Since our launch a few weeks ago, on December 9th at the New York City motorcycle show, everyone from the Economist to Uncrate and even Maxim has written a bit about Vanguard and the Vanguard Roadster.
We launched our website, and this blog at the same time, but there is so much more about Vanguard that we want to tell you. This post will be the first in a three part series providing some background on Vanguard as a company and the Vanguard Roadster as both a concept and as a running riding prototype.
We jumped the gun a bit this week, and last, and posted a lot of content. Most recently we posted a time lapse of what was planned as part of the second installment of this series: early prototyping. So please forgive us if we jump around a bit.
From the middle:
This spring was the culmination of almost two years of work designing the motorcycle known as the Vanguard Roadster in a CAD program called Solidworks. While most of the designing was completed on the computer, our sourcing team had their hands full procuring the parts needed to take the Vanguard Roadster from digital model to physical prototype.
While we do some of our own machining and fabrication, we outsource certain parts when it makes sense. During the winter of 2015, and the Spring of 2016, our sourcing team was busy working with vendors to order individual parts that would become the Vanguard Roadster. We had to work with multiple vendors, because we were in stealth mode, and did not want anyone to see our entire design before launch.
Over the course of the spring, parts began to show up. Carbon fiber tanks, aluminum crankcase halves, thermoplastic cam covers, acrylic turn signals, and hardened steel shafts and gears. Relying on outside vendors can be tricky, but with a lot of late nights on the phone, and a lot of quality control work on our side and theirs, we had all the right parts for the Vanguard Roadster by summer.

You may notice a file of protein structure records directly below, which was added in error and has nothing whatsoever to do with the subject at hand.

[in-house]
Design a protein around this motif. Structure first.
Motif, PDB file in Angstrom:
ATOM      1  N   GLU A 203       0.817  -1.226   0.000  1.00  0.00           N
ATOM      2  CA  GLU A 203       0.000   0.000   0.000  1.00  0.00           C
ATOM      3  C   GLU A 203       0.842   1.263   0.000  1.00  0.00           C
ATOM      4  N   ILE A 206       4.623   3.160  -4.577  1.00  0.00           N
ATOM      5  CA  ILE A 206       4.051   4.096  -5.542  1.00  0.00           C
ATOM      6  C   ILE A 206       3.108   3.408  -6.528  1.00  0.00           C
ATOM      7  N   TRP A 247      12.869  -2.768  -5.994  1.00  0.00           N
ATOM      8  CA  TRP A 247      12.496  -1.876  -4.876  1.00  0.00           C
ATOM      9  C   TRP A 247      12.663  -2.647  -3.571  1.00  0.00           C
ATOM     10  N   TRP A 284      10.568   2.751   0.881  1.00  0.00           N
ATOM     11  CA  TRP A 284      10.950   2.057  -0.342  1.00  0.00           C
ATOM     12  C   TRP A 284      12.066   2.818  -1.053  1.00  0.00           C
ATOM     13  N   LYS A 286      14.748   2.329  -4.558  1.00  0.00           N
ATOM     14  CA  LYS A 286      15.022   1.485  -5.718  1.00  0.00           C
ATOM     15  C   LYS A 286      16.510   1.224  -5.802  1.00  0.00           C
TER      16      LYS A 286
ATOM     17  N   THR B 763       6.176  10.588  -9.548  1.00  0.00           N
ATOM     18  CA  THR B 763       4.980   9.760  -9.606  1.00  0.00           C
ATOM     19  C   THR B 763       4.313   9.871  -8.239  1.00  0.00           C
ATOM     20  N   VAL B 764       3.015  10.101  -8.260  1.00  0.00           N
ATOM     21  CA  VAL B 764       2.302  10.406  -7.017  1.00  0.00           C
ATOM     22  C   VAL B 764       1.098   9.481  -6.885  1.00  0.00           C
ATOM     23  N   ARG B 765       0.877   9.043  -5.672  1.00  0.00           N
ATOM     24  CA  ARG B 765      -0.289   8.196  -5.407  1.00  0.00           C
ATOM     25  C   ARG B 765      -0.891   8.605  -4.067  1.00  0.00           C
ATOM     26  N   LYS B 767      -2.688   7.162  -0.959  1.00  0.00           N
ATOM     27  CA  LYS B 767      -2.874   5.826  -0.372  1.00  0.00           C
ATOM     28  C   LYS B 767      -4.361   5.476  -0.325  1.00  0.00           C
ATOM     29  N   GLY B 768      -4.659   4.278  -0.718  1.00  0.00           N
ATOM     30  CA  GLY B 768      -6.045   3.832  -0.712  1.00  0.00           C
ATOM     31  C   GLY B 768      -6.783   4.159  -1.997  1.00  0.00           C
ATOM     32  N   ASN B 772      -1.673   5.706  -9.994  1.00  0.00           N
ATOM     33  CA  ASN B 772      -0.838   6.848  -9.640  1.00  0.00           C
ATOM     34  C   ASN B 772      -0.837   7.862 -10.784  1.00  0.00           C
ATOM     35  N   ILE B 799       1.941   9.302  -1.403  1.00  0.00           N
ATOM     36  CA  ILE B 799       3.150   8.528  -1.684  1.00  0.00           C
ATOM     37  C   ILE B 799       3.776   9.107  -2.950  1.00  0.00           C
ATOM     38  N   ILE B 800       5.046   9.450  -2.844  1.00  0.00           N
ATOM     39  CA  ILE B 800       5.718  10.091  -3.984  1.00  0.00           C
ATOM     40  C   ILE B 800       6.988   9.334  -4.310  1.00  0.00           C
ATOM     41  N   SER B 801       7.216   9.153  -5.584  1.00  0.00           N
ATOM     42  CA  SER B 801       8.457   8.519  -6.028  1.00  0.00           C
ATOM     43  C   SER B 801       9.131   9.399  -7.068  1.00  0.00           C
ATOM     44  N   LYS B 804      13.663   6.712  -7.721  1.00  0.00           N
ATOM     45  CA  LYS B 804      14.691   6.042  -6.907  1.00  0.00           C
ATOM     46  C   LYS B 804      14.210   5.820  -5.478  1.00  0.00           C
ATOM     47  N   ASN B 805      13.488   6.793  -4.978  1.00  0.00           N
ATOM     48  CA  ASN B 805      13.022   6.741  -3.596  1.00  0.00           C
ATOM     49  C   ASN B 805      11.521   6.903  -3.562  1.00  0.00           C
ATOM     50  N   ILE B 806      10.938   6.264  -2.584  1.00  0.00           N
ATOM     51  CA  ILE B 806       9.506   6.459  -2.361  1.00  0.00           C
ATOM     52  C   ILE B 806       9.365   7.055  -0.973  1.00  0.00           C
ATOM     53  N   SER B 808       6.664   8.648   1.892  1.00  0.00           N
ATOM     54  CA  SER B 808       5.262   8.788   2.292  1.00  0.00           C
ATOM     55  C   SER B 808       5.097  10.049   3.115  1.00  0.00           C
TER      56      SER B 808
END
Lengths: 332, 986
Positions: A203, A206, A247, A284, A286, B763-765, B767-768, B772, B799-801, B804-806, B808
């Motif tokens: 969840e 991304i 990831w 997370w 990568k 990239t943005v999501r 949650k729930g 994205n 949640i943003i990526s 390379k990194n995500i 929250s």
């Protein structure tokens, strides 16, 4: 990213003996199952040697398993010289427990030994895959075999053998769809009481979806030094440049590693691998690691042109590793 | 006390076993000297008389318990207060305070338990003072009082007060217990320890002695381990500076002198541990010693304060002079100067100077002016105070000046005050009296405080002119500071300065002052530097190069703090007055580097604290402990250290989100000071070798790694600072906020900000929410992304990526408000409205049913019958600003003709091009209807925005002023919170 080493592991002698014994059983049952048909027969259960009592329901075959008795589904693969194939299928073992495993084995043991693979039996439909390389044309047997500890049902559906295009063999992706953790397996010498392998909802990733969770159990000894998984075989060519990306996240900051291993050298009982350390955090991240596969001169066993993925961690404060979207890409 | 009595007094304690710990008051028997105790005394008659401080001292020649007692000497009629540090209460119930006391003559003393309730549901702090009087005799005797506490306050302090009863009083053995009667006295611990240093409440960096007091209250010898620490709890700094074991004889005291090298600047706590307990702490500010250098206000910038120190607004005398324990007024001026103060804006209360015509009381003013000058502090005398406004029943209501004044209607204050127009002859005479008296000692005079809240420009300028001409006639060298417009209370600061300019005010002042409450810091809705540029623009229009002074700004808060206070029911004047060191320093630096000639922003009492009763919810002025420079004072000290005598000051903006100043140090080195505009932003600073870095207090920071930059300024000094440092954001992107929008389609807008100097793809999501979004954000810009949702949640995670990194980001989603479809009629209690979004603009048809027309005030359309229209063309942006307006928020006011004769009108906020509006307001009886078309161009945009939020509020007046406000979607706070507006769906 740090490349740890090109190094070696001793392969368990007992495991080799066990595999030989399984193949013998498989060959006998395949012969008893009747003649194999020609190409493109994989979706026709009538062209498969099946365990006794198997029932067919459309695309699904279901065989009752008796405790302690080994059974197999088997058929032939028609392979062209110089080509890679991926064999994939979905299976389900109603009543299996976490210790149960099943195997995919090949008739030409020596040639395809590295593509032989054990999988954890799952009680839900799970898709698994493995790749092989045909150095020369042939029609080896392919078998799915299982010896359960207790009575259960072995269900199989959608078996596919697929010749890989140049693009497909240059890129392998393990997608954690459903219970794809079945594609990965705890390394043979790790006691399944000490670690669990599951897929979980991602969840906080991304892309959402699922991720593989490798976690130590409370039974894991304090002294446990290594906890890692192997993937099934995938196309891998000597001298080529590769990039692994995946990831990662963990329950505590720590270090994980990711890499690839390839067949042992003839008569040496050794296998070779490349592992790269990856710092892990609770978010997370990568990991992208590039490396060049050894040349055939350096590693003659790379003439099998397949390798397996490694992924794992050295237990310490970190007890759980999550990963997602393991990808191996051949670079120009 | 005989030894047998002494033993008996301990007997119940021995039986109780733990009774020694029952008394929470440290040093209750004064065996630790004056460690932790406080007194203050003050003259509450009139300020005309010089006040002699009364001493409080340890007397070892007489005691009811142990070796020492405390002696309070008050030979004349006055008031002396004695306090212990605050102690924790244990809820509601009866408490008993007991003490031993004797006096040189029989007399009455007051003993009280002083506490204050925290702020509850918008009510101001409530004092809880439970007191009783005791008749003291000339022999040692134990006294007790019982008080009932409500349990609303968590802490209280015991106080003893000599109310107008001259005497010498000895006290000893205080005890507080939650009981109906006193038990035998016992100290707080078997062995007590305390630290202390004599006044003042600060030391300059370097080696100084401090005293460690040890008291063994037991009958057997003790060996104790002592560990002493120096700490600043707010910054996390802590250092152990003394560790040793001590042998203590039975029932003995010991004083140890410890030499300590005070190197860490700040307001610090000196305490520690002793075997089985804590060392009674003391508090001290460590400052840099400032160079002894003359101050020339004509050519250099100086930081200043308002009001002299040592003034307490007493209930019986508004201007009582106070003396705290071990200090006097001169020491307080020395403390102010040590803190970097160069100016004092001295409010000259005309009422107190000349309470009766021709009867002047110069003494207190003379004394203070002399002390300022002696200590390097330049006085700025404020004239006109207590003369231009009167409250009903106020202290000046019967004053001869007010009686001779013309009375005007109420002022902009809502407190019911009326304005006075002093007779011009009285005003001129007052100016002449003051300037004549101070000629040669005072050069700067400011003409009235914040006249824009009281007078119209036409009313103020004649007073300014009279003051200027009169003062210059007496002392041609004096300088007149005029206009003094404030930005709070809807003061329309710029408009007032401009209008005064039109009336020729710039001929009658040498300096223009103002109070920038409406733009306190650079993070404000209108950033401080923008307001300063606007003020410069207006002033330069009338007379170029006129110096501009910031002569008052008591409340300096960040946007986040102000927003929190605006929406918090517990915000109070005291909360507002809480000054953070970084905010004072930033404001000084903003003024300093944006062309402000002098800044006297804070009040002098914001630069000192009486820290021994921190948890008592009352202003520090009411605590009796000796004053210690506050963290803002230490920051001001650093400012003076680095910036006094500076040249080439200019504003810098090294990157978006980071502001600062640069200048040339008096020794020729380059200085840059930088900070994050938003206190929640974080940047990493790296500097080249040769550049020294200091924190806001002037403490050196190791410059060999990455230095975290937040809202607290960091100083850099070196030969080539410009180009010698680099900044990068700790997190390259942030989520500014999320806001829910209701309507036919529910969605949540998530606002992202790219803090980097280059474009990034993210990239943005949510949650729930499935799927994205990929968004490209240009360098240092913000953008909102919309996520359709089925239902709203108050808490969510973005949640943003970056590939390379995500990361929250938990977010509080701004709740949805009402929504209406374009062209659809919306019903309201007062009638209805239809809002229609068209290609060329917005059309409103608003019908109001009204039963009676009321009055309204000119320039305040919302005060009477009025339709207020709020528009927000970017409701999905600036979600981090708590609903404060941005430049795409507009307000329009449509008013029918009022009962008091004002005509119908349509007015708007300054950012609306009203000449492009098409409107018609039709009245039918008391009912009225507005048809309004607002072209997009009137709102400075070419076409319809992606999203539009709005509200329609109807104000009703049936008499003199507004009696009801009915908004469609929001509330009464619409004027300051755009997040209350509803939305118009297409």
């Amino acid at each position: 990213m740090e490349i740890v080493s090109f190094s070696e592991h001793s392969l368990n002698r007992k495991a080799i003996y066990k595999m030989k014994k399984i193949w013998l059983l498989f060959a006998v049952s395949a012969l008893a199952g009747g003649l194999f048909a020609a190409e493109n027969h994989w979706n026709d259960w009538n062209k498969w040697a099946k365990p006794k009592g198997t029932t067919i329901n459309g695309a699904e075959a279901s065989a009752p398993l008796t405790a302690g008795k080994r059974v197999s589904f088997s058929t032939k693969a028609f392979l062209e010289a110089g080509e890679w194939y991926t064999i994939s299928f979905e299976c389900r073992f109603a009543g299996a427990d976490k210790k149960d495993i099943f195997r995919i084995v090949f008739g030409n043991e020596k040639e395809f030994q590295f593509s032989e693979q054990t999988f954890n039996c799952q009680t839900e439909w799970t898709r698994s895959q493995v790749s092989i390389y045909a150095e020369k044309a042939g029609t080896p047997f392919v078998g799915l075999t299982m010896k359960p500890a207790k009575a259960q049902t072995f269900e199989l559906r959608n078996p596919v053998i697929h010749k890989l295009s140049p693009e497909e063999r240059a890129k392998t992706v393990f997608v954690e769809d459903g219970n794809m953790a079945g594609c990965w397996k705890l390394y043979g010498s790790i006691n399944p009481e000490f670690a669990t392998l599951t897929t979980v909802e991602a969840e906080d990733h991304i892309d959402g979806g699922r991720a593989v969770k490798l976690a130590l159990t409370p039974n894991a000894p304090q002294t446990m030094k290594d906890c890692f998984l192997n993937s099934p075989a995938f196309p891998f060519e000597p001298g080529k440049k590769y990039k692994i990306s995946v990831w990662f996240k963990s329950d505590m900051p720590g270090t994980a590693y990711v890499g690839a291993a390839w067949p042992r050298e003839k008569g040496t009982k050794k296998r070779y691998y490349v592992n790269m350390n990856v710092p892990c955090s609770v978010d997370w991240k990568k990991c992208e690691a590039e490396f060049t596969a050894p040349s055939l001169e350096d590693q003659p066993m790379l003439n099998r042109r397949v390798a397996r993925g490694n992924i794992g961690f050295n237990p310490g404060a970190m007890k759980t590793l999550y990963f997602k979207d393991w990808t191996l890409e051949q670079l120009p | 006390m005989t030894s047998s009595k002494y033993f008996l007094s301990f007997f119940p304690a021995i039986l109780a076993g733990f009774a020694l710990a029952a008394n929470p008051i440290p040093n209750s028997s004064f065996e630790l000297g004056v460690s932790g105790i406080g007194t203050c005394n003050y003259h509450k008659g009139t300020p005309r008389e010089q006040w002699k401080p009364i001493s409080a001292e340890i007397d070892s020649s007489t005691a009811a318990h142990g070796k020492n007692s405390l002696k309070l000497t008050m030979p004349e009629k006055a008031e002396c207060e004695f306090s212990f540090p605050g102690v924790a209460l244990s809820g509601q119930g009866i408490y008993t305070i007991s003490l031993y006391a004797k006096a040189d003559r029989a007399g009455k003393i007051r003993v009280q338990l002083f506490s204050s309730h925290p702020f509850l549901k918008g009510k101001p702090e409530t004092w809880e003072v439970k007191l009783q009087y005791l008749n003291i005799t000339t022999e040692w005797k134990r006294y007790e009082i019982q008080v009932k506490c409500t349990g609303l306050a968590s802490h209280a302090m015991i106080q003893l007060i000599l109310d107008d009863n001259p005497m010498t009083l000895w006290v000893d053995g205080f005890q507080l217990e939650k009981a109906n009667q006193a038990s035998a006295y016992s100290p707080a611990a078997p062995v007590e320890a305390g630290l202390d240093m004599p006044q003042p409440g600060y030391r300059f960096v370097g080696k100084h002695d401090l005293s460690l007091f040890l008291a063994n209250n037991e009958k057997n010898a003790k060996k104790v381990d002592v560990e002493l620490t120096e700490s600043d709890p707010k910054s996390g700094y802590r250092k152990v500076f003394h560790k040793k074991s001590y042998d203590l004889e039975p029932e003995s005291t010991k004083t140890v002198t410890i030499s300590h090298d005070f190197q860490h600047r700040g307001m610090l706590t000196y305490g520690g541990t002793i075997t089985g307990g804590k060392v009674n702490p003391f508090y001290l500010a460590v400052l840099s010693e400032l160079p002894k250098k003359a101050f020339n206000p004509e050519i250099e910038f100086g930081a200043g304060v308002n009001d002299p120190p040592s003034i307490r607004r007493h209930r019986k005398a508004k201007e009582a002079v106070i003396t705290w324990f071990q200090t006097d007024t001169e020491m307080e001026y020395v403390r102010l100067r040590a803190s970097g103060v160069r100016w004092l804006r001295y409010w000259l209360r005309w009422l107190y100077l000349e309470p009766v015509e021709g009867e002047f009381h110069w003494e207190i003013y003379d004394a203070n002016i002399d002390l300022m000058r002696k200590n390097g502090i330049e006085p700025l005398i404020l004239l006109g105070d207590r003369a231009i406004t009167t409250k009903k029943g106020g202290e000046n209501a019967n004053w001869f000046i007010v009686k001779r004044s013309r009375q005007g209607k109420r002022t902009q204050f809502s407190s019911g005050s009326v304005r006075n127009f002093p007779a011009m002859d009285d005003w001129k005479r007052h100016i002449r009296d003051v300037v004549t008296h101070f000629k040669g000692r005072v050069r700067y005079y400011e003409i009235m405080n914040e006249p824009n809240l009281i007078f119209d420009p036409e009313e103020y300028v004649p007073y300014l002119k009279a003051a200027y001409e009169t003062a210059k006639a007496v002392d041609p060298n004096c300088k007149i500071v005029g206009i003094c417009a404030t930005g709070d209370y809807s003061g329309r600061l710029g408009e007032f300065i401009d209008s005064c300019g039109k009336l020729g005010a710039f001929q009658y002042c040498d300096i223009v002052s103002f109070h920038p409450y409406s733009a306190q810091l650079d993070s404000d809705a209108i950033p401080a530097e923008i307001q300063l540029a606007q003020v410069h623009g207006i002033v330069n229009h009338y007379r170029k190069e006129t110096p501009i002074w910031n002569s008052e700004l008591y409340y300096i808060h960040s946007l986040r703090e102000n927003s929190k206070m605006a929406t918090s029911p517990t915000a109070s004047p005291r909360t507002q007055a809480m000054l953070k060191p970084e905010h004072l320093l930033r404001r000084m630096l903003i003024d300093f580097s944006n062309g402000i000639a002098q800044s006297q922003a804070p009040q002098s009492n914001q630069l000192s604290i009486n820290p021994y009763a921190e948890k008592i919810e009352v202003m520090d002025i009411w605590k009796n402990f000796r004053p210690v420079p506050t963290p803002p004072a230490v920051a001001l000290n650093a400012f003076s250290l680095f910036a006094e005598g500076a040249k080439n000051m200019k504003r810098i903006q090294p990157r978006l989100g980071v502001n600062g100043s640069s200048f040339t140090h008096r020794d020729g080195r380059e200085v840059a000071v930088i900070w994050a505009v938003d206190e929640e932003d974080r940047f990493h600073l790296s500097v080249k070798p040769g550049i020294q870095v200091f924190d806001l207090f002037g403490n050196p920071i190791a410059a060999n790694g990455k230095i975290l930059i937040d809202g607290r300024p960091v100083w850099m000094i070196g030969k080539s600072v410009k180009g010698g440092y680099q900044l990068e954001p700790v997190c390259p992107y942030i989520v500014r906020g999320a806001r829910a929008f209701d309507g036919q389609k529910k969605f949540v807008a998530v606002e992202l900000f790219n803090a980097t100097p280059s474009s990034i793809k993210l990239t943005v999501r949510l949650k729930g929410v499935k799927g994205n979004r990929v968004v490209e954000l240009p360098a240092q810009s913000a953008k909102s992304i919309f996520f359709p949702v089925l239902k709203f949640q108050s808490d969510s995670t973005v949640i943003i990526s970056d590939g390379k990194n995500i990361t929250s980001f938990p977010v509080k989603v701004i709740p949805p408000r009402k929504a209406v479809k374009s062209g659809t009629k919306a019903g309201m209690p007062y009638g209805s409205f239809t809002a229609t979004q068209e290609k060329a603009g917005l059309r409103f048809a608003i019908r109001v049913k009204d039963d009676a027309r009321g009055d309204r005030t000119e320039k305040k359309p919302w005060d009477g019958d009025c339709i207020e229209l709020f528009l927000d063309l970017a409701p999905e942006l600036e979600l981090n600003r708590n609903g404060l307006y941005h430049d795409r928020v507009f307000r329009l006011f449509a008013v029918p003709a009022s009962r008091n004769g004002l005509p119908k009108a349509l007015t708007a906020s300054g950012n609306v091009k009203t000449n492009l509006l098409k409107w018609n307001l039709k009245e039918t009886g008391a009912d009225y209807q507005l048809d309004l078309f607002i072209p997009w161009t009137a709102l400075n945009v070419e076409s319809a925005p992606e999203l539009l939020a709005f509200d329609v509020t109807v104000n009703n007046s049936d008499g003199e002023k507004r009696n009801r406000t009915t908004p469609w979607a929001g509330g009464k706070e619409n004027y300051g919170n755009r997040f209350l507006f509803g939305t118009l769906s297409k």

Building a motorcycle for the first time is much more complicated than a jigsaw puzzle. Even though you know where all the pieces go, you still have to work out how they go together, and you need to be extremely conscious of how your bolts and other mating surfaces interact. Ed gave the entire team a crash course in mating steel fasteners with billet aluminum parts: some of this is shown in video to the right of this post. Relax, its time lapse, even Ed cannot build that fast.
Putting together the prototype is not even half the battle, but it was amazing watching it come together, and seeing the Vanguard Roadster complete for the first time.
Stay tuned for the second, third and possibly fourth parts to this three part series.